In the previous post we discussed a means of creating a simple marketing strategy using the customer’s purchase process. This helps identify the stages at which different marketing techniques, tools and assets will guide a customer toward the product or service offering. Two traditional marketing models articulate this buyer’s journey, being the ACPP or AIDA models. Essentially both models are the same. To make sure we are all on the same page, our first step will be define the stages of the purchase cycle for a common understanding. After that our next post will analyse using Traditional and Digital Marketing tactics to guide customers to our product.
As previously defined, ACPP stands for Awareness, Consideration, Preference and Purchase. We notice similarities in AIDA which stands for Attention, Interest, Desire and Action. For our purposes we will focus on articulating the ACPP model.
Be aware that the application of these models will vary by industry. For example, applying ACPPA to selling burgers in the B2C (Business to Consumer) market may be quite different from the application to the B2B (Business to Business) market of selling multi-million dollar industrial gas turbines – for example.
Tools and tactics at this stage draw attention to the product, service or brand. Here the intention is to ensure that the target market merely knows of the offering. Among the best known traditional marketing tactics here was to run a TV advertisement. I recall LG’s early entry into North America included televised ads showing a series of LG products that brought attention to the viewer that LG products included refrigerators, cell phones, ranges, air conditioners, and flat panel TV’s – followed by the tag line “LG… Life is Good”.
In the digital marketing realm, such an ad could be a precursor to YouTube videos, banner ad on various targeted high traffic websites, or a well crafted SEM (Search Engine Marketing) campaign on Google/Bing/Yahoo.
Basic familiarity and interest in the offering, are the two things you want to inspire in a customer at this point. In other words, you want the customer to be interested in enough, and familiar enough with the offering to consider it as an option. This phase means providing some information about the core offering to get the customer engaged enough to want to know more about the offering. Infographics are a great example of consideration inspiring tools. An infographic might provide interesting factoids about the percent of users of the brand – who are succeeding in their industry, for example. From the traditional marketing world, a poster showing an attractive model sweating during a hot summer day, but smiling in the midst of taking a refreshing drink an ice-cold bottle of Coca-cola. If you had never had a drink of Coca-cola, this might not convince you to buy a Coke… but it one a swelteringly hot day – it might make you consider the refreshing option.
Preference provides information or a clincher argument which stirs up the desire to purchase the product. This is the critical intent phase, which converts a prospect into a customer. In a complex sale, the product specifications sheet (product specs), product page, or detailed offering brochure all help the customer convert to a purchase decision. At this point the client is still weighing the options, deciding which features are most desired, and estimating which brand offering provides the desired options for the best price point. If there is no competitive consideration, then at this phase the prospect is considering whether the features or product benefits provide enough value to the prospect, to warrant the cost.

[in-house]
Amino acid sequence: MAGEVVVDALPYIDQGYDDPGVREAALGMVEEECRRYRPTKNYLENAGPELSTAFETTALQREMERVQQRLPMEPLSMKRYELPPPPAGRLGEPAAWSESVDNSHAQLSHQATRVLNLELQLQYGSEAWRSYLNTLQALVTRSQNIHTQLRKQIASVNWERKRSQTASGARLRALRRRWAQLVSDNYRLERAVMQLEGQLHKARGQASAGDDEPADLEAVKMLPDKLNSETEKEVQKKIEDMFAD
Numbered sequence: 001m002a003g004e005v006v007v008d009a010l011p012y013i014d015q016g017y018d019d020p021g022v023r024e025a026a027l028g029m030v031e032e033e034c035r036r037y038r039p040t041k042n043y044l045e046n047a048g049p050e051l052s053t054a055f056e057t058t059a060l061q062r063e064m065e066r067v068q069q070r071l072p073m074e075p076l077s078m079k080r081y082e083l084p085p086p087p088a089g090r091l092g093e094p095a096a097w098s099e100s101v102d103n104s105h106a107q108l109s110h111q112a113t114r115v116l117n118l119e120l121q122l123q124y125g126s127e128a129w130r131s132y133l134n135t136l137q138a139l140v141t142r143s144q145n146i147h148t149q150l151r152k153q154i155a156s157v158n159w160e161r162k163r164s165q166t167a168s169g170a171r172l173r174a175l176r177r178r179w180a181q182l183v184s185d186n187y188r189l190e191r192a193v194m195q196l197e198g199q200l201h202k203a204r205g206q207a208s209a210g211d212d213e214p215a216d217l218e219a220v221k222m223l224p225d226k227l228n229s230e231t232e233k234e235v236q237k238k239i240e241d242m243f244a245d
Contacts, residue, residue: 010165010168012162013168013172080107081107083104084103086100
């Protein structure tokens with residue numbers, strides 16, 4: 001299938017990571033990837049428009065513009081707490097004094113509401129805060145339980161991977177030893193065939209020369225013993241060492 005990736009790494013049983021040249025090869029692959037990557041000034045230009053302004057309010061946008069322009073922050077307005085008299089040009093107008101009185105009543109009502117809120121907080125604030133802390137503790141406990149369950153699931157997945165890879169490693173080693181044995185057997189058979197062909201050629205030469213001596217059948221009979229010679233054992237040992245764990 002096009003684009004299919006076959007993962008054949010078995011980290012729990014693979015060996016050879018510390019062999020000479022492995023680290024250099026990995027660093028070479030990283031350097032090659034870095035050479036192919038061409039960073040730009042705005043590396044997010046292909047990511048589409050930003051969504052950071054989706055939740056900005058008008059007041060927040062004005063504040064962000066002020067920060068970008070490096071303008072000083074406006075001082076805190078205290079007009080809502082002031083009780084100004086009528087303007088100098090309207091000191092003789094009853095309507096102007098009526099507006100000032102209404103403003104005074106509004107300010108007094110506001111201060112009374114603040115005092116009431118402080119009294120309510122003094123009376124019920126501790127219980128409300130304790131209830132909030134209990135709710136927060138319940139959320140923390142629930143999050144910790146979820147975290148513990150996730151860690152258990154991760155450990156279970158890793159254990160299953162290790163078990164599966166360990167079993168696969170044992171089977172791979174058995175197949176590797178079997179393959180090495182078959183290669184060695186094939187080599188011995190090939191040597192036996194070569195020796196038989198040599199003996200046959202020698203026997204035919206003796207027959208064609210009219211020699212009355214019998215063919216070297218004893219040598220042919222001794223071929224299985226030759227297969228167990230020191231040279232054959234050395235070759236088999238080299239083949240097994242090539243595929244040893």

Beyond the product specifications and brochures, another digital marketing example of a preference inducing tactic may include a product video, including customer testimonials. Many complex offerings include Total Cost of Ownership (TCO) or Return On Investment (ROI) calculator tools, to help express the full value of the offering for the client’s specific case.
Naturally this is EVERY salesperson’s favourite phase of the buyer cycle. Here the prospect’s closing decision is made, first that they will purchase an offering and second that it will be your specific company’s offering. There are still many aspects important to this phase. Aspects to consider here are the right pricing to provide substantial value to the client, an online pricing estimator tool, the smoothness of the financial transaction, whether there are purchase options interesting to the client (financing, credit purchasing options, etc), and so on. In a B2C case, an easy, transparent, quick, simple and intuitive online shopping experience – will help ensure the final purchase is made.
Advocacy is a final step which McKinsey and Forrester both call, Loyalty. This step includes whether the client actually used the product, and whether they used it to its full extent. In complex software sales, this is a concern as many clients must be trained on the many and diverse product features. After a client has both purchased and used the product – advocating for the product’s strengths is a key component which differentiates many successful offering, from those that fail. As an example Paul M. Rand points out that “92% of consumers say that word of mouth recommendations are why they buy.” Word of mouth is a clear example of consumer advocacy. This is clearest on Amazon’s digital platform with a prolific number of B2C client reviews added daily.
Next Step – Marketing Plan
With a common view of the ACPPA elements, our next blog post will step through an example of creating a simple Digital Marketing Plan using the ACPPA framework.